“Some of the entrenched seniors (in the FDNY) feel they are owed their position instead of serving the city. They came after her,” Sharpton said. “We wanted you to know that we are all in favor of you changing the way you do things.
“As the deal has been in the past, it cannot be allowed to continue,” Sharpton added. “I need to open it up and make it fair. All (Kavanagh) is talking about is making it fair.”
The FDNY has struggled for decades to diversify its ranks.
In 2014, the city agreed to pay $98 million in back pay and benefits to aspiring minority firefighters in a settlement with the Vulcan Society, which accused the city of discrimination in a 2007 lawsuit.
In 2011, as the case moved through the courts, Brooklyn federal judge Nicholas Garaufis found that the firefighter exams intentionally discriminated against blacks. A federal appeals court overturned that decision, but upheld the remedies Garaufis ordered in the case.
Among those remedies was Garaufis’ appointment of a federal monitor to oversee the FDNY’s new recruiting, hiring and retention policies aimed at increasing the number of blacks and other minorities in the department.
Last November, just a month after naming Kavanagh’s fire commissioner, Mayor Adams signed a series of bills that would require the FDNY to implement a plan to hire more women and non-white firefighters, improve fire stations to accommodate women’s privacy and submit an annual report focused on the demographic makeup of the city’s fire stations.
City attorneys said more people of color have joined the FDNY thanks to changes in recruiting drives and orientations that help candidates prepare for the grueling physical requirements needed to become a city firefighter.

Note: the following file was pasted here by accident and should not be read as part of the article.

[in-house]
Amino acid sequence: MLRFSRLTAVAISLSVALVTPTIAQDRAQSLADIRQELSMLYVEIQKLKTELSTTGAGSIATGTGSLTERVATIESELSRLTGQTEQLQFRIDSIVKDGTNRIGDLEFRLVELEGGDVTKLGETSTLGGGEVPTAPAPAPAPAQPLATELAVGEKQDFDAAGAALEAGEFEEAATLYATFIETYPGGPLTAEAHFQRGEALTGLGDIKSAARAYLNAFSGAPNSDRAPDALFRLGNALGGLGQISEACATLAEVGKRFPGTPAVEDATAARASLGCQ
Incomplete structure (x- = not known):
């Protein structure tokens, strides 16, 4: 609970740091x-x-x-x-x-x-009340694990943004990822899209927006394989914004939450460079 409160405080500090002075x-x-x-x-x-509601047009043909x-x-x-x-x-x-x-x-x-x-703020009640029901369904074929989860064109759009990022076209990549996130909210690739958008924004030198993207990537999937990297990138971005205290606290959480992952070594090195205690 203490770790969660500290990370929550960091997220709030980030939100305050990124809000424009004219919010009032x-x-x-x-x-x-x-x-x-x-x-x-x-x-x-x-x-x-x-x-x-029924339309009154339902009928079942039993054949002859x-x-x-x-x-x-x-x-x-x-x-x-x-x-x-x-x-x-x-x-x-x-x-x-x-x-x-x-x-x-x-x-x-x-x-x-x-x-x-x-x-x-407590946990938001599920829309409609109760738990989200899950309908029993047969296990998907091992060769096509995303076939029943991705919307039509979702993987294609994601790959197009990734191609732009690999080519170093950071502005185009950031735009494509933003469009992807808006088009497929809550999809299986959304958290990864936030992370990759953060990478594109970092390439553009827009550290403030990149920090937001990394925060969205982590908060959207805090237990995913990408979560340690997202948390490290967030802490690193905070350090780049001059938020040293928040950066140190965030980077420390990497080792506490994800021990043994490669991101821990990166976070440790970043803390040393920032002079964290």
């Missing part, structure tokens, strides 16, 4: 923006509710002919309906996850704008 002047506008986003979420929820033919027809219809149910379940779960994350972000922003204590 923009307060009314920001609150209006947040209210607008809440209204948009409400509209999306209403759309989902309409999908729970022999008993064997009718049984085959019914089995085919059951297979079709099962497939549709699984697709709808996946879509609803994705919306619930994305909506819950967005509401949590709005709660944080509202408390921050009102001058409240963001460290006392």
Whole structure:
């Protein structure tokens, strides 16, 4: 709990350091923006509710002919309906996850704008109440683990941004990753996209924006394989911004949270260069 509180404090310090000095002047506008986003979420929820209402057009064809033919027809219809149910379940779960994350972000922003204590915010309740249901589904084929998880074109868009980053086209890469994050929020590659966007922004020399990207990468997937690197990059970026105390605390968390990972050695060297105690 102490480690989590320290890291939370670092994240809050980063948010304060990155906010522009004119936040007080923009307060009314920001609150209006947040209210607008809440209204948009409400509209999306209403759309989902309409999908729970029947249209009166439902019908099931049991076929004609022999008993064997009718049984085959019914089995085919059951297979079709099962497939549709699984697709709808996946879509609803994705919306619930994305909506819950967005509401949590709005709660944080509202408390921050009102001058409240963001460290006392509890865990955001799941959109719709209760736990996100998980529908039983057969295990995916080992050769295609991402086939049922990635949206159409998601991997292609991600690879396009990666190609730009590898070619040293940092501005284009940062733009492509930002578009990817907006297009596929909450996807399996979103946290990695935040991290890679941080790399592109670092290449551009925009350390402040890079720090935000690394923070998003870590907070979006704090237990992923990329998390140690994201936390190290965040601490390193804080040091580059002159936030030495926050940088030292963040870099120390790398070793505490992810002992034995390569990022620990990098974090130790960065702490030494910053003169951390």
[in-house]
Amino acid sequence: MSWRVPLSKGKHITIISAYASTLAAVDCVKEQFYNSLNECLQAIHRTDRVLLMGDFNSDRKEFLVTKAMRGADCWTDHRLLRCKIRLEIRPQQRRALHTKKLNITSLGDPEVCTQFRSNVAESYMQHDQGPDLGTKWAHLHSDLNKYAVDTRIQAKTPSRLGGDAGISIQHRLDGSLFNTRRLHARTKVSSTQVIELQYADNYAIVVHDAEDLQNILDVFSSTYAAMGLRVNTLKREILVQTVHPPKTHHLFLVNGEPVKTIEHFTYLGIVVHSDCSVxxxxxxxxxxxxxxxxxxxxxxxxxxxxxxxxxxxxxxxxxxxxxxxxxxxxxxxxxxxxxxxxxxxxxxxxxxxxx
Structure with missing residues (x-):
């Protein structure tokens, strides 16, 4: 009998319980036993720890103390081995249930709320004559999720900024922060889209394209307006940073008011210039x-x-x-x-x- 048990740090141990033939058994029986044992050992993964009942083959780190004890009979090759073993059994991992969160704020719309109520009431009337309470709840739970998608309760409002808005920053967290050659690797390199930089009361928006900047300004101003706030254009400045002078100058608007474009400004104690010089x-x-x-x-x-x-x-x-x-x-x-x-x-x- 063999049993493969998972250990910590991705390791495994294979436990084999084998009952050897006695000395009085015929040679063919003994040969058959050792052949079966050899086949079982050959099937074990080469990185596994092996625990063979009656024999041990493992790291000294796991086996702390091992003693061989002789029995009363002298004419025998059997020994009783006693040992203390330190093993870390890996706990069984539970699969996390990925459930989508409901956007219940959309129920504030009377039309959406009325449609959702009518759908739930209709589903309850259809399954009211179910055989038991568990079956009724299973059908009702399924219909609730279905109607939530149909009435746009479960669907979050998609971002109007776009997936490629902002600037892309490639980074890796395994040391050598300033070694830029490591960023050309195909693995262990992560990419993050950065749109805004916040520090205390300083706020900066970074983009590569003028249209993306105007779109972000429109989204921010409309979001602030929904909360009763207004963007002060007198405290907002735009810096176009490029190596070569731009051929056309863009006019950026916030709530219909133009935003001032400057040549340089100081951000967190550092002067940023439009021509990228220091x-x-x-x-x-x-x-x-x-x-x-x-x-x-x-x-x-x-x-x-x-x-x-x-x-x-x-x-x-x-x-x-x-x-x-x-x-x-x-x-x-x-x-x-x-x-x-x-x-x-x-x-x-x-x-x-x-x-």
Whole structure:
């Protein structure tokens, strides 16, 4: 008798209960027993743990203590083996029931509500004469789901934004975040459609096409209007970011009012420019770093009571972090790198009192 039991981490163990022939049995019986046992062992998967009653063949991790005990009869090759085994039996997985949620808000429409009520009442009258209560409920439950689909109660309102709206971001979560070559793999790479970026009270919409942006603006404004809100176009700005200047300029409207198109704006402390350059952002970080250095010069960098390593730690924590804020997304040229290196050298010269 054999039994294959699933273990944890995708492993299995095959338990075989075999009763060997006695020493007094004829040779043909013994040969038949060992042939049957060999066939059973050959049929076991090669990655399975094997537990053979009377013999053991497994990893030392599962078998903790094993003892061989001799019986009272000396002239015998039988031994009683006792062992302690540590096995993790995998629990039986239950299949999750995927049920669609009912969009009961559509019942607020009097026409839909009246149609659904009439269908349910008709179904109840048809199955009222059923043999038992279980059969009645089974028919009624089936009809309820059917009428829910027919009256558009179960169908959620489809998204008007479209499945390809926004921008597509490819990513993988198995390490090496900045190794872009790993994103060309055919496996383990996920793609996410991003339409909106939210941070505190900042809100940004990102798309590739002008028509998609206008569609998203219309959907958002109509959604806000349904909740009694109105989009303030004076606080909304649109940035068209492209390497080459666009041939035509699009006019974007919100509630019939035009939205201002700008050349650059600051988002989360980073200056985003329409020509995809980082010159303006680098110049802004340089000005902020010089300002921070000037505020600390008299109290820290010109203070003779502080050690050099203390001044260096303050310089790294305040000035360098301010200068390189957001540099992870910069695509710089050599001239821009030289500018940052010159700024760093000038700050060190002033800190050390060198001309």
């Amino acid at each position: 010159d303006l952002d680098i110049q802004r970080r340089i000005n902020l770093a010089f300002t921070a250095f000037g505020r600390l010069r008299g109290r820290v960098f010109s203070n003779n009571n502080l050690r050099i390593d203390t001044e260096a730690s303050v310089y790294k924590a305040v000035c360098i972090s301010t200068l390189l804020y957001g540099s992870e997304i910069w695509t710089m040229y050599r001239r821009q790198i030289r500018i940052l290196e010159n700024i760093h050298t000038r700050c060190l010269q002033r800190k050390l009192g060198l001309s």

But people of color are still underrepresented in the department.
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As of October, the FDNY had 881 black firefighters, representing approximately 10% of the department, out of proportion to the city’s population, which according to the Census Bureau, approximately 23% are black. There were 1,417 Hispanic firefighters, representing approximately 17% of the city’s firefighting force. About 30% of the city’s population is Hispanic.
Nearly 70% of FDNY firefighters are white, city officials said. The city’s population is approximately 40% white.
Advocates for the Vulcan Society and the black community say a long-delayed “climate survey” that would focus on the department’s ongoing racial issues has stalled progress.
Garaufis, who oversaw last week’s state conference, said firefighters’ attitudes will change as more people of color join the FDNY.
“It’s a matter of having enough people of color that when the firehouse garage door falls down and firefighters are in the house, by virtue of necessity, they have to behave appropriately,” Garaufis said. .
“The court cannot make people impartial. If nothing else works, what will work is the numbers and the understanding that everyone is a professional.”
With Nicholas Williams